People doing Scrum-like methods often decline the story point terminology due to “our requirements are not transformable into user stories because of…”-reasons.
My typical response is to ask them “ok, but as long as you set the context, define ready and acceptance criteria – then it’s all fine”.
From my point of view there are three important aspects of user stories:
- They describe the context of the requirements
- They scope the task by having measureable done criteria
- They prescribe what needs to be completed before starting implementation
If you can handle these elements on your regular requirements, then I’m in full approval.
So, how do you actually transform requirements?
Look at this example:
“Change the call on line 55 of calculator.cpp from ‘return int(round(val));’ to ‘return val;’ and also change the function to return float values.”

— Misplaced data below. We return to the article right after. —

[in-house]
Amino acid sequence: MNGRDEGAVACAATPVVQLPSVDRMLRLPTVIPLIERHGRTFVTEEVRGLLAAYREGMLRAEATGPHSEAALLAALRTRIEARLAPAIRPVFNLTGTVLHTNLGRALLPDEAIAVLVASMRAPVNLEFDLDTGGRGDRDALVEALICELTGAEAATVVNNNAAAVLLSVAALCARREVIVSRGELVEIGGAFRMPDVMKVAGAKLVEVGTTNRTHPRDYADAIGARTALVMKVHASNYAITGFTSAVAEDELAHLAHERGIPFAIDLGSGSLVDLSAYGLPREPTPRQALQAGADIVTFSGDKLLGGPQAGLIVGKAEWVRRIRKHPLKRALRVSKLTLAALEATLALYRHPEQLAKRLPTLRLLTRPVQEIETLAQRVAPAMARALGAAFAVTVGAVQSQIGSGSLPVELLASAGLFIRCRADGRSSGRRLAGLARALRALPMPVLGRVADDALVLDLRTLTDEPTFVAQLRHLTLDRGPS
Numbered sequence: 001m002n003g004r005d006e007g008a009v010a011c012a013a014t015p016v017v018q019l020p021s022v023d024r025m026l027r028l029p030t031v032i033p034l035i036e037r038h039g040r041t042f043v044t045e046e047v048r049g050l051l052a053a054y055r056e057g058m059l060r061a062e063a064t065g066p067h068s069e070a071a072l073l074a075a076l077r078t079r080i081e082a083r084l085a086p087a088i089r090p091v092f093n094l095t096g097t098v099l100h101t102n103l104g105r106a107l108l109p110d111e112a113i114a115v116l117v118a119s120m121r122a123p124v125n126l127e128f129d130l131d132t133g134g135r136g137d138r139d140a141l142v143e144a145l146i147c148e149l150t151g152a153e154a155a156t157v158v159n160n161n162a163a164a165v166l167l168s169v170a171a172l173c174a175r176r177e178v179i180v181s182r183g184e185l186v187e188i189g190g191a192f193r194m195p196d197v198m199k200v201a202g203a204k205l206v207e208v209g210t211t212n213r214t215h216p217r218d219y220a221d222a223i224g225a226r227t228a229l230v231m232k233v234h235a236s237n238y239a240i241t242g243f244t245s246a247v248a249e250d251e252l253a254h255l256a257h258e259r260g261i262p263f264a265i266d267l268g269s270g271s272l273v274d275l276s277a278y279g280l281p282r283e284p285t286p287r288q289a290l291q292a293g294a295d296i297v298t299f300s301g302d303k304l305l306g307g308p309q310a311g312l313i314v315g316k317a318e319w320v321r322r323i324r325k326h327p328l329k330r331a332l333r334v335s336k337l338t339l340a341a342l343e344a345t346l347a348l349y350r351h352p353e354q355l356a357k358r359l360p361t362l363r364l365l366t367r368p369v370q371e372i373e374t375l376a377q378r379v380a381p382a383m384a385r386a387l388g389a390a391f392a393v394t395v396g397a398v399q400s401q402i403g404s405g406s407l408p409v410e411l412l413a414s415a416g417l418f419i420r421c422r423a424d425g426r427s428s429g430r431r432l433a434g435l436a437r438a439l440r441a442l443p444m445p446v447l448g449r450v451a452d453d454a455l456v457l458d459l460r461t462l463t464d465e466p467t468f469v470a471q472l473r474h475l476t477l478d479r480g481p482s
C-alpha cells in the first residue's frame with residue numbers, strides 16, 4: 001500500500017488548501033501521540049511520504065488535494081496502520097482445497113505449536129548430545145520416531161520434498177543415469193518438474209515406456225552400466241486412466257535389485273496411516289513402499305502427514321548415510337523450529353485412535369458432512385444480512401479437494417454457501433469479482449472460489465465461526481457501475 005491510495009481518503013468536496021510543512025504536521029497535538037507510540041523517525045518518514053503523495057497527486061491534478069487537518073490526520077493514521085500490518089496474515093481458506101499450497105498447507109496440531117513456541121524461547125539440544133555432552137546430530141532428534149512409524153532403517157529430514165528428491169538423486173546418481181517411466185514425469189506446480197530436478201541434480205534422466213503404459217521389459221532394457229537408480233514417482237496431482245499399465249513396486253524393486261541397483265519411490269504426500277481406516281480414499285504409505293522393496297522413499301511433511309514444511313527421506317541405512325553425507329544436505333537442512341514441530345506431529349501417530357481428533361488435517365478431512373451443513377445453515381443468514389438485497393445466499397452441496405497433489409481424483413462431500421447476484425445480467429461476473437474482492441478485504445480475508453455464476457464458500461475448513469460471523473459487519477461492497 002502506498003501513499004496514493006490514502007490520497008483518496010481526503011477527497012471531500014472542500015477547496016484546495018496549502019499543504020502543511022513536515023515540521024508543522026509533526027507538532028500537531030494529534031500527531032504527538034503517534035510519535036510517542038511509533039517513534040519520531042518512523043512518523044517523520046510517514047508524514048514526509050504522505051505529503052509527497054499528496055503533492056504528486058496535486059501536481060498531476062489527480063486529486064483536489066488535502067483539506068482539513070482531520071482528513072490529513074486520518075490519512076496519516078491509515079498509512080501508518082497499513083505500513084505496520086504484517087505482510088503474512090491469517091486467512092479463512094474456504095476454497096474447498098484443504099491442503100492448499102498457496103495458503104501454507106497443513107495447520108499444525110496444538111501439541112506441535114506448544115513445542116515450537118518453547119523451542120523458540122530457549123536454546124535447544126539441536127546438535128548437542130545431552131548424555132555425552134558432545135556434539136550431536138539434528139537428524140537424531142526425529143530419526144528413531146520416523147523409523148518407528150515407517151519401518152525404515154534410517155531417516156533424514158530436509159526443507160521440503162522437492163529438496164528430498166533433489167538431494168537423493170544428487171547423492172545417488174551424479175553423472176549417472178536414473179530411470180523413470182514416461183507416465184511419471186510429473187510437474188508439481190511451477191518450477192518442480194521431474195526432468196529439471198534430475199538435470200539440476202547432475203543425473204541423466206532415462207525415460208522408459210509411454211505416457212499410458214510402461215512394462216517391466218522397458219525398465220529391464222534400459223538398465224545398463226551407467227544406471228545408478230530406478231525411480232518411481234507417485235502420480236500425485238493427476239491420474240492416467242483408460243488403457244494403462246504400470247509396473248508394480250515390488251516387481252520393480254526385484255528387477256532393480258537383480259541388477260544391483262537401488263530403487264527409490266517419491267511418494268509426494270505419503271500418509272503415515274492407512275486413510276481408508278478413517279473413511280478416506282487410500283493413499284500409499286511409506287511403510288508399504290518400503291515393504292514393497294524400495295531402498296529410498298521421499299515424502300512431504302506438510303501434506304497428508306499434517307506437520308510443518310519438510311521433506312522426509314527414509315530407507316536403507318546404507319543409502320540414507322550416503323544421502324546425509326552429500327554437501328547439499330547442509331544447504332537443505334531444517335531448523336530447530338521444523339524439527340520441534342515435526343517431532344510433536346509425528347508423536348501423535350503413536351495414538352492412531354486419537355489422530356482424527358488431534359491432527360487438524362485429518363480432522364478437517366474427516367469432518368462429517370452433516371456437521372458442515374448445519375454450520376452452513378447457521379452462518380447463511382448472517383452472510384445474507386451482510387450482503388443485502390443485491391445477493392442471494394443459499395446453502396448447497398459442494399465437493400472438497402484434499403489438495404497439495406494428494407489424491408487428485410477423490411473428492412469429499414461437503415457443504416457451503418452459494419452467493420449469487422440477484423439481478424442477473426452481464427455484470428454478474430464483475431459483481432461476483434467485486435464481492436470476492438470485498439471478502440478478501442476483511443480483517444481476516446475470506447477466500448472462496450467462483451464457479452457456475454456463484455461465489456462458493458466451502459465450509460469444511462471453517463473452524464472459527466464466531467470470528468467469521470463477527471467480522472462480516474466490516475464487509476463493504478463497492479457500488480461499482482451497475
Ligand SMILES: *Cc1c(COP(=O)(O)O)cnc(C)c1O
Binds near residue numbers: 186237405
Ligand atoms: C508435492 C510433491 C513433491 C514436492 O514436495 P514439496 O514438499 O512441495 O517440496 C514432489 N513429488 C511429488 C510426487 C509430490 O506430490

This might not be the prototypical requirements that you see – but I’ve seen variations of this happening very often.
The requirement states two obvious tasks:
- Change line 55
- Change the function definition
What it doesn’t state is:
- What is the expected outcome of this test?
- Who should verify it?
Asking these questions might reveal:
- The sales department has sold a version of our calculator which is able to handle non-integer numbers with decimals
- When implemented it’s expected that a user could perform decimal number calculations
Summing all this up might give the following:
“As a user I’d like to be able to calculate using decimal numbers”
Ready criteria: User interface design should be designed and agreed
Done criteria: 10,3+2,23=12,53 and 10,3-2,23=8,07
Now, wasn’t that simple? 🙂